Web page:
Meet Courtney – Indiana

Meet Courtney – Warsaw IN – Age 12

Courtney loves to perform. Whether competing in a volleyball match, pumping up others with the cheerleading squad, playing beautiful music on her cello, making art, or landing a spot on the honor roll, this 12-year-old is certainly a go-getter. She doesn’t let her slew of diagnoses slow her down.

Her first diagnosis came when she was almost five years old. After her older brother dared her to jump off a swing in the wintertime, Courtney’s knee swelled up. The doctors discovered she had juvenile enthesitis-related arthritis (ERA), and 20-plus joints were affected. ERA is an autoimmune disease that causes pain and swelling not only in joints (arthritis) but also where tendons and ligaments attach to your bone.

Courtney also learned she had ankylosing spondylitis (AS), an inflammatory disease that can cause the small bones in your spine to fuse together, and that did, unfortunately, cause spinal damage for Courtney.

This seems like quite enough to deal with. But the diagnoses continued.

When Courtney was 9, they transferred her care from Indianapolis to Cincinnati. At their very first visit in Cincinnati, they learned Courtney had a 36 mm hole in her heart. Open-heart surgery was too risky with her other conditions, and the largest device without open-heart surgery is 30 mm, so Courtney was left with a 6 mm hole. While an additional 2 mm closed independently, she still has a 4 mm hole in her heart that requires medicine daily.

The Cincinnati doctors also discovered Courtney had several other conditions:

  • Ehlers-Danlos syndrome causes overly flexible joints. This is at odds with her arthritis, which causes stiff joints.
  • Myasthenia gravis causes weakness and fatigue of voluntary muscles.
  • Cushing syndrome, caused by too much cortisol, can cause a rounded face, pink or purple stretch marks, and can lead to high blood pressure, bone loss, and type 2 diabetes.

Courtney’s mother, Renda, remembers the family handling the new diagnoses pretty well, except for the heart condition.

“The rest of them, we kinda took them in stride, but that was really a tough one,” Renda says. “As the cardiologist said, we were lucky it didn’t affect her worse than it did at the time.”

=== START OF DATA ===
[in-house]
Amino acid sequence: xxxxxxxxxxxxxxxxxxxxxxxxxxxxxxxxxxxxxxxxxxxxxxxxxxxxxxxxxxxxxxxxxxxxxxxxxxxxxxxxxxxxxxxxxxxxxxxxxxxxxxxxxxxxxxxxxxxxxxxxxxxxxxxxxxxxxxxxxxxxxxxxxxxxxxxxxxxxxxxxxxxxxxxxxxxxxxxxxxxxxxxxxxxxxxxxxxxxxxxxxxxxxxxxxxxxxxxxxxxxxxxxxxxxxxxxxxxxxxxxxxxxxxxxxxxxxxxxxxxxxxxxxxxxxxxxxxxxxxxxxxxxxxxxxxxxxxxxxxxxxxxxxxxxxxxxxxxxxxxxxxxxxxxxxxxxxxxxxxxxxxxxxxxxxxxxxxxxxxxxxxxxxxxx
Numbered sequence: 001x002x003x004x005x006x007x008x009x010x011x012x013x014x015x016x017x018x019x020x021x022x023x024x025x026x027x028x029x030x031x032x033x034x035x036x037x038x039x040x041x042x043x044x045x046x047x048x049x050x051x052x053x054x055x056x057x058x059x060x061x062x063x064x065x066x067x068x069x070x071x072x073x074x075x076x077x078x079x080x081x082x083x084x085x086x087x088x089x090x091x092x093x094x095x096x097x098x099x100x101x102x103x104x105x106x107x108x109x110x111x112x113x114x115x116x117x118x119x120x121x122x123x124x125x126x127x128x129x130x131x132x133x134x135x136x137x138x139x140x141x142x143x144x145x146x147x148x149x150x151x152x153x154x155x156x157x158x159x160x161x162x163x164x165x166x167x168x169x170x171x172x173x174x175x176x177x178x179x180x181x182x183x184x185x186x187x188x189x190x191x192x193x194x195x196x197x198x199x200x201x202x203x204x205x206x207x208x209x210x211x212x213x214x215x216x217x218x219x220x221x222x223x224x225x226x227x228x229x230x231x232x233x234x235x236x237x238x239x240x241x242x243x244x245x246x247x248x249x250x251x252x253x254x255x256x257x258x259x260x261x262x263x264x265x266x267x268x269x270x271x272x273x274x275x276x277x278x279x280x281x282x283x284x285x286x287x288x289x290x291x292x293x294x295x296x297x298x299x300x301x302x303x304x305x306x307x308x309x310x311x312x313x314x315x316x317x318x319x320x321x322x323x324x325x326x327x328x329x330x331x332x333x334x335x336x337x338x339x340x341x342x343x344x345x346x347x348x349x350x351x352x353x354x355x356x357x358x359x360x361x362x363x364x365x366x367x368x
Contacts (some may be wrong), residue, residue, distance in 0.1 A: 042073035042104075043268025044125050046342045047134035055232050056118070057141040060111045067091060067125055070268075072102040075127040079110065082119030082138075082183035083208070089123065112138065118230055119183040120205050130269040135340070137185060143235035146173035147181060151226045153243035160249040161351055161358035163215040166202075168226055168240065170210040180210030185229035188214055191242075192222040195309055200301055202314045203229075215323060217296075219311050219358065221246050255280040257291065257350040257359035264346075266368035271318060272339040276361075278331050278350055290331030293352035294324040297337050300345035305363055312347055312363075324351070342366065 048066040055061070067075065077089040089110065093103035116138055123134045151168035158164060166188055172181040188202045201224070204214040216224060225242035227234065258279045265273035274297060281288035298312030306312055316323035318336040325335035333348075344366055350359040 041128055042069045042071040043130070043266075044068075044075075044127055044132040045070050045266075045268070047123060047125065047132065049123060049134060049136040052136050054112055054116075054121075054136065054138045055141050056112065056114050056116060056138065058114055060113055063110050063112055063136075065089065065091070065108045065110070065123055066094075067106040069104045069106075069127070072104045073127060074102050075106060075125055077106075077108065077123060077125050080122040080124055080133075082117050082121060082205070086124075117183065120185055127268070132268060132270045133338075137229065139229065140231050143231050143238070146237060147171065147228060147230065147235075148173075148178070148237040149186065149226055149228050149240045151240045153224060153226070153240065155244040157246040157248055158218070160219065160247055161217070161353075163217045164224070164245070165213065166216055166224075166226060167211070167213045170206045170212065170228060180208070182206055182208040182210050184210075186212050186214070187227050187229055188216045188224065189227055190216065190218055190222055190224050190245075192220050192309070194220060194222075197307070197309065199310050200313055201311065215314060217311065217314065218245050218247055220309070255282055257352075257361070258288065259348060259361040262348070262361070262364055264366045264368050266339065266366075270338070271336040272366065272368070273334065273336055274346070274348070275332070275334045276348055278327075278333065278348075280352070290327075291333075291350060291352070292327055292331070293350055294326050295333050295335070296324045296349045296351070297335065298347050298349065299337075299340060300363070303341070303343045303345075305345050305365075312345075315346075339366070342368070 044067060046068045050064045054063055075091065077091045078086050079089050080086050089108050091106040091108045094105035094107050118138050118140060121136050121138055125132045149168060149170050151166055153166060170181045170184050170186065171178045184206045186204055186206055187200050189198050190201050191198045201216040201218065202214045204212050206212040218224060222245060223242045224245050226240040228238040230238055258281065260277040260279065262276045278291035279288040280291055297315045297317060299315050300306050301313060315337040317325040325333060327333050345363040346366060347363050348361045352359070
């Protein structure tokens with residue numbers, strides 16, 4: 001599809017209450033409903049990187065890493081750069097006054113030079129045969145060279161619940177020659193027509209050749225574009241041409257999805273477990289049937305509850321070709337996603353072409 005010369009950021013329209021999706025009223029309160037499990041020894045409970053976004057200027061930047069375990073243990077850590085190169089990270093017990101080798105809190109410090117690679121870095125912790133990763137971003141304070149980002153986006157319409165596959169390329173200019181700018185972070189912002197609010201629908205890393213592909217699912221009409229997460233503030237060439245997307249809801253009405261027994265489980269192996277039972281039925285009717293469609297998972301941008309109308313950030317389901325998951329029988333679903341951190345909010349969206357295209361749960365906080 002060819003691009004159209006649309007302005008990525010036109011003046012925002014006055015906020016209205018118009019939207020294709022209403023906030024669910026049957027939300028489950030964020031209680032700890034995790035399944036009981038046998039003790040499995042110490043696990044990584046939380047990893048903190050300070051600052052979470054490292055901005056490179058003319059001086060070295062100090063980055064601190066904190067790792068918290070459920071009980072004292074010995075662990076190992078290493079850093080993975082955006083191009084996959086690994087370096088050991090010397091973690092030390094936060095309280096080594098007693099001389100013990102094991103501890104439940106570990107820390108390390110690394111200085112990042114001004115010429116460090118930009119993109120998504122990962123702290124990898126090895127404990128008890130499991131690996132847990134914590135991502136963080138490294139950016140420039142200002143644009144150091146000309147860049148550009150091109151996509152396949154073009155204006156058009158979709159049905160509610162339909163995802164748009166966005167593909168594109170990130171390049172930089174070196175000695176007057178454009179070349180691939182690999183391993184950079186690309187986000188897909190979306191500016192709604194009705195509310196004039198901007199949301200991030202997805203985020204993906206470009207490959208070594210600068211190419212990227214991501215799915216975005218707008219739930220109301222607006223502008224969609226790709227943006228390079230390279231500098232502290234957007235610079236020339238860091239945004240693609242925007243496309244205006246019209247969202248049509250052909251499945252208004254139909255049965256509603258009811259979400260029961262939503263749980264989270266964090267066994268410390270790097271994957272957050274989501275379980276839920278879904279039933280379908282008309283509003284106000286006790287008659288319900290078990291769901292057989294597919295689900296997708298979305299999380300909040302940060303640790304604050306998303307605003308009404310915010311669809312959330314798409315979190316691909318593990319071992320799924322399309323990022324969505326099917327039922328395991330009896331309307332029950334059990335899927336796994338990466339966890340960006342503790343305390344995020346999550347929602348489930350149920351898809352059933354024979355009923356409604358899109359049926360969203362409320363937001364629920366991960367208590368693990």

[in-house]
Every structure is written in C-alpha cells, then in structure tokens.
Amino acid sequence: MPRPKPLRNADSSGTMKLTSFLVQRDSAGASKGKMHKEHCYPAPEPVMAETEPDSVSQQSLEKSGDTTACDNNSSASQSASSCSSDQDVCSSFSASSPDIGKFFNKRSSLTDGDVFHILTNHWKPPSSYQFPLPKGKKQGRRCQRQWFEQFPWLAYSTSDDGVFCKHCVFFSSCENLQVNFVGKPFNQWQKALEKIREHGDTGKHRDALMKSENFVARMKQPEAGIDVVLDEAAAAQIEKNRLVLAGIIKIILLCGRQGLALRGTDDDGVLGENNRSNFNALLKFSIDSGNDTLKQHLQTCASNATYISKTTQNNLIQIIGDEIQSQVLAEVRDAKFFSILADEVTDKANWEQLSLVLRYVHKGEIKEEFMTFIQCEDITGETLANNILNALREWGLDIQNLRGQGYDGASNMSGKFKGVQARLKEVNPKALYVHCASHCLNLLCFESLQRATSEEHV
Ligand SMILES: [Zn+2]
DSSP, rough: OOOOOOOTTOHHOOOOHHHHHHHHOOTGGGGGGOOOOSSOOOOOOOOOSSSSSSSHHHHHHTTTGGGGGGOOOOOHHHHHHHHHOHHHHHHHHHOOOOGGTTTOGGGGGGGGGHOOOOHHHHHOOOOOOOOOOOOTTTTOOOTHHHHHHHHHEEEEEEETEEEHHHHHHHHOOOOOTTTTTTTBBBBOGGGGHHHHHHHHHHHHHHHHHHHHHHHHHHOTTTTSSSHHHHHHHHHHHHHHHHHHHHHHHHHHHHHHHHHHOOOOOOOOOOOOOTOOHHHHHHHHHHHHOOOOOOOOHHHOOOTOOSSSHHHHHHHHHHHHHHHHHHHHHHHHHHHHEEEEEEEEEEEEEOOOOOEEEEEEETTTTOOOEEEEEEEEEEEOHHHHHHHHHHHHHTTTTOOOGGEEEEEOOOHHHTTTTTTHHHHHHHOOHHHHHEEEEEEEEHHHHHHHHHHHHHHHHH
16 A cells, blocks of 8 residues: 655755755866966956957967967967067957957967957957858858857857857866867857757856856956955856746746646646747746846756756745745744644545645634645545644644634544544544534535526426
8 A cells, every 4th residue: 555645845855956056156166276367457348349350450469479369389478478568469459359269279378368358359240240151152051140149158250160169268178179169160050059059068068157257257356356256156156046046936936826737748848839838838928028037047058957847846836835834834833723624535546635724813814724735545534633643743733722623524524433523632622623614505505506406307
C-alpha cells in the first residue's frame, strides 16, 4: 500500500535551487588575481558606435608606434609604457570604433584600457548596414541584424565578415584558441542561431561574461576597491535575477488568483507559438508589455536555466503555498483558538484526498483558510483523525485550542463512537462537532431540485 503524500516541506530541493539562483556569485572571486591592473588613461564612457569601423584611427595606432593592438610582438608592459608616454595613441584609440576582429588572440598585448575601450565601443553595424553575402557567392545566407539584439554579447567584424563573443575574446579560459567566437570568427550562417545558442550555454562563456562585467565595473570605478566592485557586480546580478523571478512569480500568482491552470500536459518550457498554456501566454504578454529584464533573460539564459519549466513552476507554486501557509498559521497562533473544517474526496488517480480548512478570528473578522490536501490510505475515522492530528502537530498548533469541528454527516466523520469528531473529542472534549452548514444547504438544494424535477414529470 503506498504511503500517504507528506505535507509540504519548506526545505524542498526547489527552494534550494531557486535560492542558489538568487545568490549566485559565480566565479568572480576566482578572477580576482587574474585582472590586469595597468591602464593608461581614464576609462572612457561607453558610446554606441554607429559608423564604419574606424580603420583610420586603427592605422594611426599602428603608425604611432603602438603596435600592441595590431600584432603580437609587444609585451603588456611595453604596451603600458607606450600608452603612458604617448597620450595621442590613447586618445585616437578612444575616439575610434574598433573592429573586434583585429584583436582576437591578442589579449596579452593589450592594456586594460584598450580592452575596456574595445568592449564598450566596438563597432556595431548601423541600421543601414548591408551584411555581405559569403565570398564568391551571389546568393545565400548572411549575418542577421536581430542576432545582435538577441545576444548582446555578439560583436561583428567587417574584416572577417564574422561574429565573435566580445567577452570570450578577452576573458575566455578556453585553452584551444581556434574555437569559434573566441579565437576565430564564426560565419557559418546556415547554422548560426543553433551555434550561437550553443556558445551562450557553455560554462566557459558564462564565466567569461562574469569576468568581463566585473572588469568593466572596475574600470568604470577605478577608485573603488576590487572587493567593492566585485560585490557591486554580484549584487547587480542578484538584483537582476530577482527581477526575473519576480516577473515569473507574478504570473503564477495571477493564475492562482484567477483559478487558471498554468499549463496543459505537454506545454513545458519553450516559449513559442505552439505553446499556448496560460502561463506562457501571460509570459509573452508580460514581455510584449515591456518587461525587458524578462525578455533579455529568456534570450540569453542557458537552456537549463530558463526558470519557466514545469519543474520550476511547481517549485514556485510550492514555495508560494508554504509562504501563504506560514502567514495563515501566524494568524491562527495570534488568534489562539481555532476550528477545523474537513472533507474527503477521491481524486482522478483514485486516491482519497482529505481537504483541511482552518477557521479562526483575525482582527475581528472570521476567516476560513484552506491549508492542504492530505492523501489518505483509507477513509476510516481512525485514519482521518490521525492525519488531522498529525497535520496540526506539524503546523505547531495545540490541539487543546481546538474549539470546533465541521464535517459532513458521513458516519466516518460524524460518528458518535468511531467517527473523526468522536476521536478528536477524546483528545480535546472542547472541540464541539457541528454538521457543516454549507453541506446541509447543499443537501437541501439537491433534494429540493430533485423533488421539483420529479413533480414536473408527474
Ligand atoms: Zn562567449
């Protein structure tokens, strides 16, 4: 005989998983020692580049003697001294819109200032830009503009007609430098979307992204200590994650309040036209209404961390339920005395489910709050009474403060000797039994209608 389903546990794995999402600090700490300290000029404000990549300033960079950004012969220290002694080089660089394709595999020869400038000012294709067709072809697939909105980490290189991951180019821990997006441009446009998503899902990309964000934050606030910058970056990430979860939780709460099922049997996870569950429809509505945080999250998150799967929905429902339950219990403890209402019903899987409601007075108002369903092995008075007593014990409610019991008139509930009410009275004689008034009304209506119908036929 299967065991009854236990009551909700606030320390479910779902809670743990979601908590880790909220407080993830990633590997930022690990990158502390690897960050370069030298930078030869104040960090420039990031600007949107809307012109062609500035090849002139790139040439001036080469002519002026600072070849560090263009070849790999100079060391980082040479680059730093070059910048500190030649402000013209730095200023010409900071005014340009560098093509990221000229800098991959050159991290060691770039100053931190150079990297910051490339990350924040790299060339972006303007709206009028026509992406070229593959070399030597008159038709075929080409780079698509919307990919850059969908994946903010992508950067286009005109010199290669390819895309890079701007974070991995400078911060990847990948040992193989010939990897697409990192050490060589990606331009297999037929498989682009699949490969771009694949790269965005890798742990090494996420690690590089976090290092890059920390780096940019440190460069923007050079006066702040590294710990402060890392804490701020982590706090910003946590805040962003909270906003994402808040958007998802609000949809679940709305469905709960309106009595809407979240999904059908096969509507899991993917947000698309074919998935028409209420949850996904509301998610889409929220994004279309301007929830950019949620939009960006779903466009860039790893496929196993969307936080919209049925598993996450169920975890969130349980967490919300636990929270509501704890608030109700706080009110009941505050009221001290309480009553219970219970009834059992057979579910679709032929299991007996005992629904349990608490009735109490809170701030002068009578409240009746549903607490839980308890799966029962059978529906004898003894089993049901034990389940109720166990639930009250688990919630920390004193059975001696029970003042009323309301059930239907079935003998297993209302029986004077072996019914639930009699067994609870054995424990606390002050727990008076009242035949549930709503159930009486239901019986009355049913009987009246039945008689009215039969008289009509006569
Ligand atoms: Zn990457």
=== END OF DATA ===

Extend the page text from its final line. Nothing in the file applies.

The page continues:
Some ways Courtney’s conditions do affect her include occasional shortness of breath, tiredness, weight loss, and stunted growth. But Courtney has learned how to dose herself so that she can continue doing the things she loves, and even likes to dance her way through her infusions. She is on four medications daily, with one of those on an as-needed basis.

Her treatment schedule keeps the family busy. They travel to Cincinnati every couple months, and to Philadelphia every three to four months to see her neuromuscular doctor. Yet, even with the hectic schedule, her parents want others to know it is possible to live a normal family life. “A lot of people think that if you have a medical child, your life is on hold,” Renda says.

Courtney wants other kids to know that “no matter what their diagnoses are, they can do and be whatever they set their mind to, even if it means they modify it, and to not let what others say stop them from trying.”

Connecting with A Kid Again has given Courtney opportunities to forget about doctors and diagnoses and to focus on fun.

“It’s a time where she can actually go and enjoy an Adventure and not have a doctor’s appointment follow,” Renda says. “Normally our vacations are around her doctor’s appointments.”

The family first learned about A Kid Again from Courtney’s medical team in Cincinnati and joined when the Indiana Chapter formed.

They have participated in several Adventures, including the Kings Island trip, the pumpkin farm, trick-or-treating, and the Conner Prairie Holiday Party. Courtney’s favorite was a Pacers game for her birthday last winter.

“For her, it’s a way just to get away and be with other people who don’t judge,” Renda says. “It’s been great for her. We try to do as many as we can.”

January 2021

Share this Story